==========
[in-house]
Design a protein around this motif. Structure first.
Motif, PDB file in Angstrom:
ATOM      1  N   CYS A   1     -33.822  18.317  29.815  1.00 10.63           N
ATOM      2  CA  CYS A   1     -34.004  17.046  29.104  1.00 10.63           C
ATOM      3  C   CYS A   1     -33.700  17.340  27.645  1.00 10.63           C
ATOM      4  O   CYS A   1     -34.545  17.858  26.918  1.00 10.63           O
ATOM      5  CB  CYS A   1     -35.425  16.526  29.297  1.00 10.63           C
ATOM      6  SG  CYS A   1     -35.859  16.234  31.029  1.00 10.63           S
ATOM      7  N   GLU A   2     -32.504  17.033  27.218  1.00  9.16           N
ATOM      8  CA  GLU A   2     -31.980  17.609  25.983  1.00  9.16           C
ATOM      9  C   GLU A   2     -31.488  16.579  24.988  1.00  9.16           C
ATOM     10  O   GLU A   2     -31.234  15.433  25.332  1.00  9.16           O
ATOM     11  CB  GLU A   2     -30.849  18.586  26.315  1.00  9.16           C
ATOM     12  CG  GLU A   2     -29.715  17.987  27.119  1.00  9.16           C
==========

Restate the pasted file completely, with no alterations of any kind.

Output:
[in-house]
Design a protein around this motif. Structure first.
Motif, PDB file in Angstrom:
ATOM      1  N   CYS A   1     -33.822  18.317  29.815  1.00 10.63           N
ATOM      2  CA  CYS A   1     -34.004  17.046  29.104  1.00 10.63           C
ATOM      3  C   CYS A   1     -33.700  17.340  27.645  1.00 10.63           C
ATOM      4  O   CYS A   1     -34.545  17.858  26.918  1.00 10.63           O
ATOM      5  CB  CYS A   1     -35.425  16.526  29.297  1.00 10.63           C
ATOM      6  SG  CYS A   1     -35.859  16.234  31.029  1.00 10.63           S
ATOM      7  N   GLU A   2     -32.504  17.033  27.218  1.00  9.16           N
ATOM      8  CA  GLU A   2     -31.980  17.609  25.983  1.00  9.16           C
ATOM      9  C   GLU A   2     -31.488  16.579  24.988  1.00  9.16           C
ATOM     10  O   GLU A   2     -31.234  15.433  25.332  1.00  9.16           O
ATOM     11  CB  GLU A   2     -30.849  18.586  26.315  1.00  9.16           C
ATOM     12  CG  GLU A   2     -29.715  17.987  27.119  1.00  9.16           C